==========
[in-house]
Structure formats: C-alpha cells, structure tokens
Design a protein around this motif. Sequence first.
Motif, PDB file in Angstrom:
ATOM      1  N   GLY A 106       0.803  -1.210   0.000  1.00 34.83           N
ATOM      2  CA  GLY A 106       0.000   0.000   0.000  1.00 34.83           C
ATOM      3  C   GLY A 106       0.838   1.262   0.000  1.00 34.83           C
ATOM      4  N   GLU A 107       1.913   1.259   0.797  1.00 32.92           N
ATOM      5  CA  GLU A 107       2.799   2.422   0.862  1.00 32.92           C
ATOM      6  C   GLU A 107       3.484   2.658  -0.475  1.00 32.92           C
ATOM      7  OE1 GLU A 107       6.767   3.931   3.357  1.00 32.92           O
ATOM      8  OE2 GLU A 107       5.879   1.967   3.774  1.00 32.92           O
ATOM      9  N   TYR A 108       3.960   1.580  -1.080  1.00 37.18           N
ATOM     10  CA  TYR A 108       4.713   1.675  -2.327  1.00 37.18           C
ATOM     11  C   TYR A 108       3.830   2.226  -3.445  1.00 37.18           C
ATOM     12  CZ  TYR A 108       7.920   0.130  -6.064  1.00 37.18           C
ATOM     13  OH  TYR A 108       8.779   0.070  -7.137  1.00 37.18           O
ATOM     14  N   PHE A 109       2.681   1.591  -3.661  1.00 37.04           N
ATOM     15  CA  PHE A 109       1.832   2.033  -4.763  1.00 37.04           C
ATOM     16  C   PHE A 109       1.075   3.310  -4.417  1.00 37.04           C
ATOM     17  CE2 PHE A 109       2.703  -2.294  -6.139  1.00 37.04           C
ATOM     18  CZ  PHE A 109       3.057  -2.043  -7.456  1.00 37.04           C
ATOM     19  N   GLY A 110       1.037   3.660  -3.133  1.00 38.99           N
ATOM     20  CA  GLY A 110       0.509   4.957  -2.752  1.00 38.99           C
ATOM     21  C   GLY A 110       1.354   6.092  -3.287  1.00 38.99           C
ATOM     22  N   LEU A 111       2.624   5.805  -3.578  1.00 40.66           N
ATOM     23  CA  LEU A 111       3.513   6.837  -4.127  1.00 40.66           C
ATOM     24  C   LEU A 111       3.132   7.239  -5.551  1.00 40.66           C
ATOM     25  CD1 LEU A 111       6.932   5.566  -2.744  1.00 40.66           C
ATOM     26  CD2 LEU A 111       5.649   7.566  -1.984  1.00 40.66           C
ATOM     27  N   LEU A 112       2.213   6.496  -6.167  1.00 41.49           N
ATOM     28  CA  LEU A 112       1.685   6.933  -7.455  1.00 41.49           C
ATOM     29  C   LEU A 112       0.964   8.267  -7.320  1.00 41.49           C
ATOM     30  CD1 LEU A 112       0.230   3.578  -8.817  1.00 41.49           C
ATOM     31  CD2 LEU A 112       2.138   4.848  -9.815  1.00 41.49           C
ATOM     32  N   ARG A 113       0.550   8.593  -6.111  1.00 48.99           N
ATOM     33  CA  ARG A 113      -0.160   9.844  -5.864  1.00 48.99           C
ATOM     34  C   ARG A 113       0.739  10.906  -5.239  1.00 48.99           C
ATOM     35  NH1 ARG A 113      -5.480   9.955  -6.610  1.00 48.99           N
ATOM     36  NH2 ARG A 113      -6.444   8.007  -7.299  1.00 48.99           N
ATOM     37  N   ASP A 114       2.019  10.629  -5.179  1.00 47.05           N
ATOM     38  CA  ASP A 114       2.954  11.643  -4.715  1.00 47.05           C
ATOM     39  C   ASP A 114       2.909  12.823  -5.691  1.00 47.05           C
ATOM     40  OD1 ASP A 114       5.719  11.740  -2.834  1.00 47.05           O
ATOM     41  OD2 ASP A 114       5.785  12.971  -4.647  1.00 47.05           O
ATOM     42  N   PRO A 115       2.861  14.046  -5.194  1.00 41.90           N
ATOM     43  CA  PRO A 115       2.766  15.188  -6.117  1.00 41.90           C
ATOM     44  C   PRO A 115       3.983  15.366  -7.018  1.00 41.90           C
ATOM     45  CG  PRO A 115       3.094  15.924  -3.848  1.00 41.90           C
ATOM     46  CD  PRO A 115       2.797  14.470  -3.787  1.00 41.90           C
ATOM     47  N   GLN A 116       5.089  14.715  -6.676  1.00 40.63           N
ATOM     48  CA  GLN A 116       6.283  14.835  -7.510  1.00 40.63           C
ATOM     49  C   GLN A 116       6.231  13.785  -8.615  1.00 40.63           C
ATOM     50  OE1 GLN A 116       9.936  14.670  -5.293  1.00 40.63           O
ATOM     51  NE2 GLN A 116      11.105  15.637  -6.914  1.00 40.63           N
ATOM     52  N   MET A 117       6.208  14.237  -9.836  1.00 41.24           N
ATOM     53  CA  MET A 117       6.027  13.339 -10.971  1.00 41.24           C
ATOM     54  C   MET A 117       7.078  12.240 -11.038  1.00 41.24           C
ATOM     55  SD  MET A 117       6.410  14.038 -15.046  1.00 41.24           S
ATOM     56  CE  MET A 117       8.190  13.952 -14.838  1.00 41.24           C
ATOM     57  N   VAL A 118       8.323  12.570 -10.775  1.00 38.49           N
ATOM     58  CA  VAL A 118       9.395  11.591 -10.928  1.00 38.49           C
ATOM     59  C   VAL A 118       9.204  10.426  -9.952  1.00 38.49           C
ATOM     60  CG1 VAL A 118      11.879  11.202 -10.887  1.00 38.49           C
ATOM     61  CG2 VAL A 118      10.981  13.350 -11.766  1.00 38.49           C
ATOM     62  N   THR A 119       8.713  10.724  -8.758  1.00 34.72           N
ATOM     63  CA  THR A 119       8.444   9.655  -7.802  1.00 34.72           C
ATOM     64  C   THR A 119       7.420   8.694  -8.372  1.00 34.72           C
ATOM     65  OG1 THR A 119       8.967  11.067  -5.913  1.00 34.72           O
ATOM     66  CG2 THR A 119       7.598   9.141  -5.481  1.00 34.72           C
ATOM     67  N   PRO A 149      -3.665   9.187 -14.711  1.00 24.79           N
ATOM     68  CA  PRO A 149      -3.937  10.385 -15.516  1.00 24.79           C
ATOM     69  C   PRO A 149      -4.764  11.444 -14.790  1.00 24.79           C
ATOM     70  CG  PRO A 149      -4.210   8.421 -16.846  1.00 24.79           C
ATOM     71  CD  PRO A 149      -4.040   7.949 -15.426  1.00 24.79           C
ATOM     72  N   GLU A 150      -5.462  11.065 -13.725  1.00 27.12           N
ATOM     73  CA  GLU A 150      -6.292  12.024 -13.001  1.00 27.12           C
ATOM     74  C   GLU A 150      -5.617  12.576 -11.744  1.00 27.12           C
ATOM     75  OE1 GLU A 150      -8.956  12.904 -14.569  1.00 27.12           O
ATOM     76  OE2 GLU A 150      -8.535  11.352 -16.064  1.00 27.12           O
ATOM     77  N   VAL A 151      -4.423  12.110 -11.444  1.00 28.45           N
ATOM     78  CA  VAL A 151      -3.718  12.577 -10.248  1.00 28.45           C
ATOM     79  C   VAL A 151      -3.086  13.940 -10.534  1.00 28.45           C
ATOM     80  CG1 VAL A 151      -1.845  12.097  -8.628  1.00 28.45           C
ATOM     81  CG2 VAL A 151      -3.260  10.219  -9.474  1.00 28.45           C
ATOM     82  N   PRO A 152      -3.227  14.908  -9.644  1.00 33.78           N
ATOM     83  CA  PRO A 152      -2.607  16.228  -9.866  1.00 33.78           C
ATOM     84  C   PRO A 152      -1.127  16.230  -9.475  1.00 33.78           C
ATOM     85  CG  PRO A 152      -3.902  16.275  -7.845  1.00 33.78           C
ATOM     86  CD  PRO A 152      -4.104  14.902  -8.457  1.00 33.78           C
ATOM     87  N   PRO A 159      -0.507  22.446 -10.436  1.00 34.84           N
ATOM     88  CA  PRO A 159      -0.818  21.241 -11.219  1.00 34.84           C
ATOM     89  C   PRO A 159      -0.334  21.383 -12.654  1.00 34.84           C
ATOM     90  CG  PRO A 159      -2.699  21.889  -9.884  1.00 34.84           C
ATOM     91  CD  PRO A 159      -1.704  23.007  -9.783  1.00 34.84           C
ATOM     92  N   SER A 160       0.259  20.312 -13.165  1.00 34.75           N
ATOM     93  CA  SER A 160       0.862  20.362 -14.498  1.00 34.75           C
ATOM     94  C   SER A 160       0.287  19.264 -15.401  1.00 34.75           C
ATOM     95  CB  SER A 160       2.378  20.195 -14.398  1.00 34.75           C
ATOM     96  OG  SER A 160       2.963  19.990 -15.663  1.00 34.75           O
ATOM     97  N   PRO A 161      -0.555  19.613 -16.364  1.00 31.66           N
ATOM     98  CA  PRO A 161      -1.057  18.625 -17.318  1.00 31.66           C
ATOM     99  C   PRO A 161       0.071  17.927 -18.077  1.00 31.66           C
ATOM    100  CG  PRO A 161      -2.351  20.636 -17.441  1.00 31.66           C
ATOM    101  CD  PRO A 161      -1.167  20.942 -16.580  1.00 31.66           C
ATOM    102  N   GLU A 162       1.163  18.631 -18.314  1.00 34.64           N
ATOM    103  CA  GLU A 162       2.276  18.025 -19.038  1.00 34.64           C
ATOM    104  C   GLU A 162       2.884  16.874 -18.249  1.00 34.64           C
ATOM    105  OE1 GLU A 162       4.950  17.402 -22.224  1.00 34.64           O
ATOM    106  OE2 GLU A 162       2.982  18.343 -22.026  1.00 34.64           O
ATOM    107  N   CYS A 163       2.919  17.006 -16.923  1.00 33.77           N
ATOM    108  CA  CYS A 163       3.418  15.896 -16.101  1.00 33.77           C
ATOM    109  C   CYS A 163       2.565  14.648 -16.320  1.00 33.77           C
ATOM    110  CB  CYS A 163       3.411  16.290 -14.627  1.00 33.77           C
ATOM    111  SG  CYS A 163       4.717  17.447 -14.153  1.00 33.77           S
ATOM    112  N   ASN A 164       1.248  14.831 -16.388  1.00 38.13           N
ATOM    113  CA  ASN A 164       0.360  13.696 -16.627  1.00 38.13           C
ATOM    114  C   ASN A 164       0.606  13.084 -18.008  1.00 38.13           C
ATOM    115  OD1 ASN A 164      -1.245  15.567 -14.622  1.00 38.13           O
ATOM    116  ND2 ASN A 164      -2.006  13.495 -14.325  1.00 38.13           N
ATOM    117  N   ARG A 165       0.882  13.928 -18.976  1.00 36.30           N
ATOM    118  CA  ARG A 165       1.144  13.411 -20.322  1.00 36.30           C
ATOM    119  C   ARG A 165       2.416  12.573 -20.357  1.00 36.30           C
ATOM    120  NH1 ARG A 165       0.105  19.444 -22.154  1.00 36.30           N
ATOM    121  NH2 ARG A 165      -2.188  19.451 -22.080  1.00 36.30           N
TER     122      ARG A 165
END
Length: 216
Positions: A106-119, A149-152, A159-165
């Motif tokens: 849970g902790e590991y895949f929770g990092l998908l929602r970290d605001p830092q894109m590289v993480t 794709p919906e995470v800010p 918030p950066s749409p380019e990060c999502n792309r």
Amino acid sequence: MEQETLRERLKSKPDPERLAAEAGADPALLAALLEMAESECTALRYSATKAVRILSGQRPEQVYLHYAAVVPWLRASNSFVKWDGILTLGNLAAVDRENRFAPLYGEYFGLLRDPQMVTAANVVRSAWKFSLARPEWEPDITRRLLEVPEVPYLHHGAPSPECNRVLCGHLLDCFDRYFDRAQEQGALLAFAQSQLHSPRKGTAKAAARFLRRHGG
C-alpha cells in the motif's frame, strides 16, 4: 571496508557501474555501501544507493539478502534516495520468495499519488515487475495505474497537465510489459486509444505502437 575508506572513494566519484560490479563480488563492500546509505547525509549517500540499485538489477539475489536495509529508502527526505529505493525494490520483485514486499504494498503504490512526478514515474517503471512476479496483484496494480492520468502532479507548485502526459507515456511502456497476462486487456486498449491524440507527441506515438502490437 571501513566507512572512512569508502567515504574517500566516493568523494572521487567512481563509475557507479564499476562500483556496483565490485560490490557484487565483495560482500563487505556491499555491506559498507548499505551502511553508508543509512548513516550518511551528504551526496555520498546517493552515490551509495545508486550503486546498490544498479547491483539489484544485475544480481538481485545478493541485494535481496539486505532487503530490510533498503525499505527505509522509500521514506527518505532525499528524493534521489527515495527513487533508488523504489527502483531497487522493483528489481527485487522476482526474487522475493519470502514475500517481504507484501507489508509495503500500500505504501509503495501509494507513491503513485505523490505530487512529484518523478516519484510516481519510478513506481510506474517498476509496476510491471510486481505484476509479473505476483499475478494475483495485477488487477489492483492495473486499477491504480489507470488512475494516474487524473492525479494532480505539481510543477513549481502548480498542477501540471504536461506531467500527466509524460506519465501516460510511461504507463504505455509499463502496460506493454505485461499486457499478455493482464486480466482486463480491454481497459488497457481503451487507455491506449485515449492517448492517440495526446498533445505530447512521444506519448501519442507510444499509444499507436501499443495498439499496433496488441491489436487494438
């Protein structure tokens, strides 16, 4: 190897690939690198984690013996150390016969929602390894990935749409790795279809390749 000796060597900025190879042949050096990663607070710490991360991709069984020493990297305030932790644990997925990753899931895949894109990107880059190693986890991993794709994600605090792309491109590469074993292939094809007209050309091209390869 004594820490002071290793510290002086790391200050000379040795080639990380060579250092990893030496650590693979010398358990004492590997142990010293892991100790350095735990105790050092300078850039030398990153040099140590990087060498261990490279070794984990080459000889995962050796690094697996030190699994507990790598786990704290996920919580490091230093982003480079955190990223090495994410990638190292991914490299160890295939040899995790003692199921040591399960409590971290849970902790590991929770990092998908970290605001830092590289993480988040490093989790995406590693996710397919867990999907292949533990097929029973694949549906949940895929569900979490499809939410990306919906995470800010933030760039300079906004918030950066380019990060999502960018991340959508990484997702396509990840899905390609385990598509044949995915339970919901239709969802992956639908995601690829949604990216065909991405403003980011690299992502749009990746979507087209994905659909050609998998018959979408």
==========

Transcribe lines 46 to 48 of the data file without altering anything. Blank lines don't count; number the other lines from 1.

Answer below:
ATOM     42  N   PRO A 115       2.861  14.046  -5.194  1.00 41.90           N
ATOM     43  CA  PRO A 115       2.766  15.188  -6.117  1.00 41.90           C
ATOM     44  C   PRO A 115       3.983  15.366  -7.018  1.00 41.90           C